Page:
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Basic about High Blood Pressure

1.There are eight main ways you can control your blood pressure.
a. Eat a better diet, which may include reducing salt
b. Enjoy regular physical activity
c. Maintain a healthy weight
d. Manage stress
e. Avoid tobacco smoke
f. Comply with medication prescriptions
g. If you drink, limit alcohol
Once above becomes routine, maintaining a lower blood pressure is easier.

Attention: Remind yourself that by managing your blood pressure, you are lowering your risk of heart attack, heart failure, stroke, peripheral artery disease and kidney disease.Death rates from these diseases have decreased significantly, thanks in part to earlier detection and better treatment of HBP.


2.How to measure blood pressure properly?
I.What to do in order to measure the blood pressure properly.
a. Measurement of blood pressure must be carried out in a position of absolute peace. Even climbing stairs increases relatively blood pressure. So wait at least 10-15 minutes to stabilize its values. Relax with your eyes closed, inhale and exhale deeply.
b. Measure blood pressure at least twice a day, in the morning after getting out of bed and in the evening. It is important to follow approximately the same time.
c. Blood pressure is measured best seated while sitting near the kitchen table with normal height (coffee table are not suitable). Place your hand on the table so that the wrist is at heart level.
d. To obtain more accurate values, remove the watch and other jewelry, and tight-fitting clothes to the arm. Wrap the cuff of the blood pressure device on a bare hand.
e. When measuring blood pressure, arm should be completely motionless. Do not talk.
f. It is recommended bladder to be emptied before measuring blood pressure.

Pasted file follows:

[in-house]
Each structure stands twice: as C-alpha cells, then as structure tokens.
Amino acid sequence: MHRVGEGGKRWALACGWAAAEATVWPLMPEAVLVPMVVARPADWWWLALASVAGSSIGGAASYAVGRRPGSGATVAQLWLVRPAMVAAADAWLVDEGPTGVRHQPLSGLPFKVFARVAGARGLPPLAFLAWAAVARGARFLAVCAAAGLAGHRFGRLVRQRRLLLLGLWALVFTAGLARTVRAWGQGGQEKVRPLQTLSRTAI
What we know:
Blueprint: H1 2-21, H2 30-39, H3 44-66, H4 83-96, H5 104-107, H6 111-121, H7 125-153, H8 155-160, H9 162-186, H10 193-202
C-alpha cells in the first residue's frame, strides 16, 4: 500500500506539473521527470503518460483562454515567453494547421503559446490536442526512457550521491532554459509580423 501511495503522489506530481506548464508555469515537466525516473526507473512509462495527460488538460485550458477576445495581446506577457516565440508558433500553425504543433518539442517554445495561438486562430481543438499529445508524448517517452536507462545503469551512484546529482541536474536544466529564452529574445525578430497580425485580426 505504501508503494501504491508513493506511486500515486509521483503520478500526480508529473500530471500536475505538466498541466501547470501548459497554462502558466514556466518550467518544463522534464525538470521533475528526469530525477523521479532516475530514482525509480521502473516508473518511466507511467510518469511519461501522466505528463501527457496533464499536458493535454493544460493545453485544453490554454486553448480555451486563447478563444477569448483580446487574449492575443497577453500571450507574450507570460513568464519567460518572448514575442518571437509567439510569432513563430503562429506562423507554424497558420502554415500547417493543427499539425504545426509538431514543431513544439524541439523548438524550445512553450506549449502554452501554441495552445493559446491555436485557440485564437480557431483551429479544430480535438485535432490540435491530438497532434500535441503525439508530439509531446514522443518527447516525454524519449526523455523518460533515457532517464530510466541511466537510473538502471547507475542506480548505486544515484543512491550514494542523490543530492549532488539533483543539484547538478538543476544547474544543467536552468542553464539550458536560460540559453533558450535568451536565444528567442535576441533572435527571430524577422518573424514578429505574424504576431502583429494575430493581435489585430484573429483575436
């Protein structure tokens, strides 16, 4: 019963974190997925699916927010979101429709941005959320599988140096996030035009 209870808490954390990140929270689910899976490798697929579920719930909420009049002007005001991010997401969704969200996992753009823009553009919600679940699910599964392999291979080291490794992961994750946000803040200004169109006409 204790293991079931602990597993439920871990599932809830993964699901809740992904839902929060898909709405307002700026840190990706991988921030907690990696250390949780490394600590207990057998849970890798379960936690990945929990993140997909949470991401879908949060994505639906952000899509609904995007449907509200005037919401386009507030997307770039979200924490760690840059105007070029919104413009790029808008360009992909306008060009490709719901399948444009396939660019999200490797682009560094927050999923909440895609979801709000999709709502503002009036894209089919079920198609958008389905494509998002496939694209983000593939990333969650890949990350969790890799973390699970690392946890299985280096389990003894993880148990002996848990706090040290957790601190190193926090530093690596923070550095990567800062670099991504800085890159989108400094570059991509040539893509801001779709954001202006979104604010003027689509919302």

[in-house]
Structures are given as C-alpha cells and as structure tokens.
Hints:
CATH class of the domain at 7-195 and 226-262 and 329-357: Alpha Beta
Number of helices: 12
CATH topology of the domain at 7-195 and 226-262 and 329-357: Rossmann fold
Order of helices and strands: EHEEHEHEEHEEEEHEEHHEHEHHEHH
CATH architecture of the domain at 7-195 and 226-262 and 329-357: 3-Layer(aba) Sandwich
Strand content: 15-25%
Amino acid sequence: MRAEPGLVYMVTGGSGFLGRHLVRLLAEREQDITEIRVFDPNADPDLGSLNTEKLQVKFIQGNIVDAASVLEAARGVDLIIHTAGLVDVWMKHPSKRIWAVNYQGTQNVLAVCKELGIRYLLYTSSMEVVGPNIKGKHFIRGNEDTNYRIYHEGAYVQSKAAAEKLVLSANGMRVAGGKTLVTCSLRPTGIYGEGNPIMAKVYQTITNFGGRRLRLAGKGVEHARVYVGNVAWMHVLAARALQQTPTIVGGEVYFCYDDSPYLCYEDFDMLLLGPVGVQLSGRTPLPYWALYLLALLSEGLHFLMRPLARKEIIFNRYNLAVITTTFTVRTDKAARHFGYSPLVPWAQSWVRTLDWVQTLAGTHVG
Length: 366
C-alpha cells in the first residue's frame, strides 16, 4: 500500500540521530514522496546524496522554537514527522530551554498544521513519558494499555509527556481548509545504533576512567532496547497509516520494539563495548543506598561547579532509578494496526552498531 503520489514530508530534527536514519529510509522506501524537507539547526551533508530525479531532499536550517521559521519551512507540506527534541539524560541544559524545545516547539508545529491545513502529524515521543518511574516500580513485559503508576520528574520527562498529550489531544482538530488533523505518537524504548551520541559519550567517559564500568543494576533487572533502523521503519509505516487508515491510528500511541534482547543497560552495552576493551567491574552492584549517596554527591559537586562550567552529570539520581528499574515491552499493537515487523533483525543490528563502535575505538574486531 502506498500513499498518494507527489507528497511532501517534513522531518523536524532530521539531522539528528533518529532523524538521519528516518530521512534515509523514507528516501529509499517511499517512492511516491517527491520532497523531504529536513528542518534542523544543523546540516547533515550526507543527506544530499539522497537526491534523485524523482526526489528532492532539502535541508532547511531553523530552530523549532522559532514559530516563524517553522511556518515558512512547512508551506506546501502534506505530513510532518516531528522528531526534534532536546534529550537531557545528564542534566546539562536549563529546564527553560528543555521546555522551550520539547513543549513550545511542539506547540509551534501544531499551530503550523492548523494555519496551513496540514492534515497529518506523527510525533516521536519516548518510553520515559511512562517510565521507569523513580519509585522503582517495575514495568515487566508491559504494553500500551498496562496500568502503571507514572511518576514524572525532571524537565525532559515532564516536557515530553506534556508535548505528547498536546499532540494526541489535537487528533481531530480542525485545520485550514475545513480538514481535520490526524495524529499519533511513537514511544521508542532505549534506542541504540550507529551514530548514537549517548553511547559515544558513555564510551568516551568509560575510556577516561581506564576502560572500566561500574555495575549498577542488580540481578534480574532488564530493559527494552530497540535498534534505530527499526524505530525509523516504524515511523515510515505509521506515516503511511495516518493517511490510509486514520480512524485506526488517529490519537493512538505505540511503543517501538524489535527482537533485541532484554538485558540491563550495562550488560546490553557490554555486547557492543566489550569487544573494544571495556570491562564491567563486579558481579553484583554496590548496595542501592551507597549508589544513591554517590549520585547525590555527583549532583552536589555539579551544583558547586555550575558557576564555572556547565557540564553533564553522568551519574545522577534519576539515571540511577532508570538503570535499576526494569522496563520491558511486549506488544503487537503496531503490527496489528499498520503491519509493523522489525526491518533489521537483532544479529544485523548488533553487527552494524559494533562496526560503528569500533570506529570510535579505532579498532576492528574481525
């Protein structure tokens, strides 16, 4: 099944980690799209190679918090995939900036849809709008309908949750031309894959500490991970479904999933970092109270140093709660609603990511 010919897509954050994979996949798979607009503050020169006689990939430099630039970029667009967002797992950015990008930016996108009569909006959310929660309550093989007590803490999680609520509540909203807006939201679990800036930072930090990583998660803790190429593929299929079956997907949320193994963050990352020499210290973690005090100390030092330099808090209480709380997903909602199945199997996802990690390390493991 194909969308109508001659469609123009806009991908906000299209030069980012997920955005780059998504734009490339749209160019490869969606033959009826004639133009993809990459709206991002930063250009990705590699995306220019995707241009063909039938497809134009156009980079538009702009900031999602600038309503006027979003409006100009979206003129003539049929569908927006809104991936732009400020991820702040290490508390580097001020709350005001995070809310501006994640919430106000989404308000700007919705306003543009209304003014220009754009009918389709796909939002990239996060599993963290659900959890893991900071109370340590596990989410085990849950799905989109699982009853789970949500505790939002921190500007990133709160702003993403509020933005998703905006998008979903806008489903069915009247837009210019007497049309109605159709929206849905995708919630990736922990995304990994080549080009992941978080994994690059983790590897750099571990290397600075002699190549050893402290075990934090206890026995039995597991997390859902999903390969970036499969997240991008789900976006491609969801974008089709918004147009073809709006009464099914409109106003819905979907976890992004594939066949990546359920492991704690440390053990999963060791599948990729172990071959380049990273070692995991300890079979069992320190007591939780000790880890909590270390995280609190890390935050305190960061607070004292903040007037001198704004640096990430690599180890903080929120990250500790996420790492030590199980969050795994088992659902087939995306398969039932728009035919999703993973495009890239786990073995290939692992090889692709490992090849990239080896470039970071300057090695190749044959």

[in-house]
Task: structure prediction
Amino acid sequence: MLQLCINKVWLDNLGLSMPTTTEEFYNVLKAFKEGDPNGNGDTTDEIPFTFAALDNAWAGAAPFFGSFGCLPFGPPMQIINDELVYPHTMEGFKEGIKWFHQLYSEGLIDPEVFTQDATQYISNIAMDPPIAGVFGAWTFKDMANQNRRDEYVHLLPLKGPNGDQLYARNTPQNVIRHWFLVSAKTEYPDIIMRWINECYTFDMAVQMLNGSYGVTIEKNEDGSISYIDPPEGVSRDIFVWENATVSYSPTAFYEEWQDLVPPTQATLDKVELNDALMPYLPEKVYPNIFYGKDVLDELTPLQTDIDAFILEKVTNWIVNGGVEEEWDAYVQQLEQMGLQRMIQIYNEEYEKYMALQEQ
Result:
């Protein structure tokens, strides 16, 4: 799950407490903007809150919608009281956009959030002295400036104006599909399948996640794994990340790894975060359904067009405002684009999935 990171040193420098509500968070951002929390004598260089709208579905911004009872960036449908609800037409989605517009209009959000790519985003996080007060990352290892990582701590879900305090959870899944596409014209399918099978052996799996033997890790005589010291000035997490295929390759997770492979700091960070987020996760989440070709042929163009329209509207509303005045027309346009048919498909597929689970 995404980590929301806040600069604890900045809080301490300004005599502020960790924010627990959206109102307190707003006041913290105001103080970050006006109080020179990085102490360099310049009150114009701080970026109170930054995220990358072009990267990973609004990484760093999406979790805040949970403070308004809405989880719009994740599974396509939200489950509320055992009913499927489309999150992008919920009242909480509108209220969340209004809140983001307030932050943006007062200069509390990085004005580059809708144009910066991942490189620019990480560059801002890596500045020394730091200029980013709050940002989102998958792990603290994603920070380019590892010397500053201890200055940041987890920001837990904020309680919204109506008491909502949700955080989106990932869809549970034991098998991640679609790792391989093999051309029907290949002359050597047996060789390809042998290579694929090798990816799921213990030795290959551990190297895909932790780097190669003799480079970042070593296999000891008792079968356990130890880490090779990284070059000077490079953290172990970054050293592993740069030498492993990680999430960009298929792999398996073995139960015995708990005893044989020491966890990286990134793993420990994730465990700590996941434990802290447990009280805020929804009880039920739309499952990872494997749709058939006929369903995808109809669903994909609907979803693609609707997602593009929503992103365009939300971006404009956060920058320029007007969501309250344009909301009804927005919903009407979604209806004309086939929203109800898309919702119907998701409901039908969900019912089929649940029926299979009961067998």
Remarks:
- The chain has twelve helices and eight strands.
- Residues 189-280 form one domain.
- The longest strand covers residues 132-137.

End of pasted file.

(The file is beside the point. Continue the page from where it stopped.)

g. Between some consecutive measurements of blood pressure, leave an interval of 3-4 minutes.
II.What not to do before measuring blood pressurea.Blood pressure rises sharply after any physical exercise.
b. Smoking affects blood pressure values. A cigarette increases the upper limit by 5-6 mm Hg in 15 minutes.
c. Coffee and spirits also affect blood pressure.
d. After taking plenty of food, the blood is concentrated in the stomach to help the digestive process. Therefore, as most commonly observed with old people, there is decreased blood pressure.


Basic about Diabetes


1.People have diabetes might have SOME or NONE of the following symptoms:
a. Frequent urination
b. Excessive thirst
c. Unexplained weight loss
d. Extreme hunger
e. Sudden vision changes
f. Tingling or numbness in hands or feet
g. Feeling very tired much of the time
h. Very dry skin
i. Sores that are slow to heal
j. More infections than usual.
k. Nausea, vomiting, or stomach pains may accompany some of these symptoms in the abrupt onset of insulin-dependent diabetes, now called type 1 diabetes.


2.Risk factors for type 2 diabetes include
a. Older age,
b. Obesity,
c. Family history of diabetes,
d. Prior history of gestational diabetes,
e. Impaired glucose tolerance,
f. Physical inactivity,
g. Race/ethnicity such as African Americans, Hispanic/Latino Americans, American Indians, and some Asian Americans and Pacific Islanders are at particularly high risk for type 2 diabetes.
h. Other specific types of diabetes, which may account for 1% to 5% of all diagnosed cases, result from specific genetic syndromes, surgery, drugs, malnutrition, infections, and other illnesses.


3.There are several main ways to control the blood glucose.
a. Healthy eating, physical activity, and insulin injections are the basic therapies for type 1 diabetes.
b. The amount of insulin taken must be balanced with food intake and daily activities.
c. Blood glucose levels must be closely monitored through frequent blood glucose testing.
d. Healthy eating, physical activity, and blood glucose testing are the basic therapies for type 2 diabetes.
e. In addition, many people with type 2 diabetes require oral medication, insulin, or both to control their blood glucose levels.

Attention: People with diabetes must take responsibility for their day-to-day care, and keep blood glucose levels from going too low or too high.

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Nurse Taking Blood Pressure Of A Patient